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selkie. sel·kie. also sil·kie. noun.

A creature or spirit in Scottish and Irish folklore that has the form of a seal but can also assume human form. Alternative forms[edit] saelkie, selky, seilkie, sejlki, shelky, silkey, silkie, sulky

A typical folk-tale is that of a man who steals a female selkie's skin, finds her naked on the sea shore, and compels her to become his wife. But the wife will spend her time in captivity longing for the sea, her true home, and will often be seen gazing longingly at the ocean.  Once she discovers her skin, she will immediately return to the sea.

Filled with color, exuberance and power, this collection is for the Selkie women everywhere, setting themselves free.

Starry Night, the inspiration.

How much is an artist worth? Is it the monetary value of their work? Van Gogh's trip through the night sky painted from the window of an asylum is estimated to be worth a whopping 100 million dollars, and the vibrant, infamous Sunflowers was sold in 1987 for a record auction price at the time of close to 40 million pounds! we often look at the price of things to find the value, but the truth of the value is the map of the life itself, curled lines like the Starry Night itself. It's not just the life of the artist, but the people around them. For Van Gogh, so many of those important people were women. The sad yet powerful stories surrounding Van Gogh run much deeper than his own personal tragedies and accomplishments, he is reflected by power and passion in the faces all around him. When I began delving deeper into Van Gogh's story, I was looking for the women. So often in history women are left out of these grandiose male stories, or studied as background props to a mans life. To my delight I discovered story after story of influential (in their own way), powerful women in his life- each of them unique. Like his passion for sunflowers, a rare flower to paint at the time, the women he surrounded himself with were similarly an unusual choice- standing tall and proud. It does seem Van Gogh and his brother were drawn to bold women. From Vincent's girlfriend Sien Hoornik, a single mother and sex worker who became his muse and his lover, strong enough to enter into a life of sex work and survive the loss of 2 children, Sien, although like Vincent she did eventually commit suicide. Another lover, Agostina Segatori, an art model with serious drive, who opened her own restaurant Le Tambourin in Paris to much success which was unusual for women to do alone in this era. The café on the Boulevard de Clichy in Paris was just around the corner from the home that Vincent lived in with his brother Theo. Van Gogh ate for free in exchange for portraits, and Agostina gave him his first art exhibit, all of this before she went bankrupt, lost it all and passed away. Losing everything is one of the hardest experiences a human can go through, one can only imagine how that would feel as a woman in the early 1900's, it seems possible she died from grief. Of all these stories, most interestingly is the story of Vincents arts rise itself.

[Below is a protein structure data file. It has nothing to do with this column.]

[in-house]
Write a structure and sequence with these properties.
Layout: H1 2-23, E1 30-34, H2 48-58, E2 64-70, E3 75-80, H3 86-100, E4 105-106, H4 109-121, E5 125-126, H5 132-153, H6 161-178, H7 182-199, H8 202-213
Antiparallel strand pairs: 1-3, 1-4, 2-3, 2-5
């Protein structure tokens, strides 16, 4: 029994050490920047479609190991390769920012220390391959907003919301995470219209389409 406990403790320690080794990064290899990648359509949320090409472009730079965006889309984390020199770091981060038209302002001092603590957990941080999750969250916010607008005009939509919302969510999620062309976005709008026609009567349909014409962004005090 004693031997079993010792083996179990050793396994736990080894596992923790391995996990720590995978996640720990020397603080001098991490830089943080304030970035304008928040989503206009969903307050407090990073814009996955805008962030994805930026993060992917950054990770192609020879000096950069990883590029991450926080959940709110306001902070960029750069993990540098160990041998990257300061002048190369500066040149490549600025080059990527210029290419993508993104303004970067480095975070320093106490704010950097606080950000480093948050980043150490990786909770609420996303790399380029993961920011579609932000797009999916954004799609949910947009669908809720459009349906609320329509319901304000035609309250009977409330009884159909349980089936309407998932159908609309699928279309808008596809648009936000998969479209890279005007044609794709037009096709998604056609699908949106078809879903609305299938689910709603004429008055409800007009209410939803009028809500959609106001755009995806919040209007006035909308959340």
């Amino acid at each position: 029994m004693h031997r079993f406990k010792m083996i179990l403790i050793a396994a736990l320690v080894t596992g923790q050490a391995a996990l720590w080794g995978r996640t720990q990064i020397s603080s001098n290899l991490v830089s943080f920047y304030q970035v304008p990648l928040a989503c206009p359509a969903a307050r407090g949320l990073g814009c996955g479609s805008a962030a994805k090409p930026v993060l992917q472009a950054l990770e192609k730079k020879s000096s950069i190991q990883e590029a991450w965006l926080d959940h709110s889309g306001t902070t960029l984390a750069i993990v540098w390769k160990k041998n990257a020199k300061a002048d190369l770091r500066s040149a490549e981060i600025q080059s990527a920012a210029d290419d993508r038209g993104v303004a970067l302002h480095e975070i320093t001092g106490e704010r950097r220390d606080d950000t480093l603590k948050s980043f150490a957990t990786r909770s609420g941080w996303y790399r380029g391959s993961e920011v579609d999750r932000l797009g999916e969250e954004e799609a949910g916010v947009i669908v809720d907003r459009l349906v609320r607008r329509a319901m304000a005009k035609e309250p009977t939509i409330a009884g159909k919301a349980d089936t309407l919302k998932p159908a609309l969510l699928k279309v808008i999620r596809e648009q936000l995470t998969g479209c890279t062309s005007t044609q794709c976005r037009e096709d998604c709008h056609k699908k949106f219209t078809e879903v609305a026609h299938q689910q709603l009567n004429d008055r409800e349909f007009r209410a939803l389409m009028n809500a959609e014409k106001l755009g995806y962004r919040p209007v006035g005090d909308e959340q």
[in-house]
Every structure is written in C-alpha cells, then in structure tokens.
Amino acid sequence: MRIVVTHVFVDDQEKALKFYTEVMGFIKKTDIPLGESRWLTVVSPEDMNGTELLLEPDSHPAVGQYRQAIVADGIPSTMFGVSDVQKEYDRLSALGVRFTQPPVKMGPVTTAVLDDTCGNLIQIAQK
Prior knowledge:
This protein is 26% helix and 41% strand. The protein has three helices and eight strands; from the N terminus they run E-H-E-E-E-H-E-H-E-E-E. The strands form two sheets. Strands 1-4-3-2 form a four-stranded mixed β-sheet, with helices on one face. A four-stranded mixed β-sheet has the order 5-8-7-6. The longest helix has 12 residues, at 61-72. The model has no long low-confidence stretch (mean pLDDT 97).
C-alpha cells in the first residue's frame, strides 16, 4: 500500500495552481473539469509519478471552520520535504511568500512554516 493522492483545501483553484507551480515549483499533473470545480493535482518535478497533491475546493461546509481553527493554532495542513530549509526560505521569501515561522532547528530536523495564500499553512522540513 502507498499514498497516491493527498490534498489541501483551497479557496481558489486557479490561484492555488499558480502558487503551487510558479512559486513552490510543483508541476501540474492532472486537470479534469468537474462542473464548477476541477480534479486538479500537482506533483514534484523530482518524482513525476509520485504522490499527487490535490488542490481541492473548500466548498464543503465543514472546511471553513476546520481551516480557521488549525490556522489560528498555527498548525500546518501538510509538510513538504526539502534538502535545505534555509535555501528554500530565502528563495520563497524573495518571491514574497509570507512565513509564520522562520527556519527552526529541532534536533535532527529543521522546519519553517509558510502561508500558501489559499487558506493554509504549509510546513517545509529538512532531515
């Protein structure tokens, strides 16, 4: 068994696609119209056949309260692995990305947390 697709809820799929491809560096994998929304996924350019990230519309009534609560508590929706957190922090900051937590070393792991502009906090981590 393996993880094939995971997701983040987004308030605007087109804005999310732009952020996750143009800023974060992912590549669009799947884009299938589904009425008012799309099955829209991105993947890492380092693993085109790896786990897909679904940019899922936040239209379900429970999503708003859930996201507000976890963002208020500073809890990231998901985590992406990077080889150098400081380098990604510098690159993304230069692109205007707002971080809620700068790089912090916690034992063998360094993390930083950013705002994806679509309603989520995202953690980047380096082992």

How did Vincent become one of the most famous artists of all time after his death?

The answer is really one woman, Jo Van Gogh-Bonger, Vincent's sister in law. Vincent wrote frequently to his brother Theo during his life, and after Vincent died, his brother who had also dealt with serious health problems also died. Imagine Jo, alone with a new baby, Vincent Willem, widowed and in possession of hundreds of paintings and letters, surrounded by self portraits, trials of sunflowers and haunting stars. She was consumed by loneliness. Jo, a woman of no standing, no money and no training eventually went on to teach herself the business of art dealing. She poured her grief into Van Gogh's work and trusted in her heart that it would be loved by the world. It was not easy for Jo, she was rejected time and time again, art gallery owners called her annoying and crazy (can't we all relate), they laughed when she presented the letters between the brothers as a compelling reason to display what are now some of the most famous paintings in the world. She turned down offers from the wrong galleries and buyers and she joined the right social circles, building her expertise and plans to bring Vincent into the light. In the late 1800's artists were praised and judged on their technical talents, it was unheard of to connect the painter to their personal story. Jo changed all of this, as the letters would become part of Vincents art collection. A single letter went for 200,000 euro last year. Without Jo there would be no Van Gogh, and the fact that her story and her suffering went ignored for decades feels like we've been leaving out some of the best parts of Van Gogh's legacy. Wouldn't her story make a fantastic film?

In this collection, muse Jorji Zimmatore channels these powerful muses who were ahead of their time, sunflower women right there on the wall, like gilded frames holding Vincents tragic, unique story.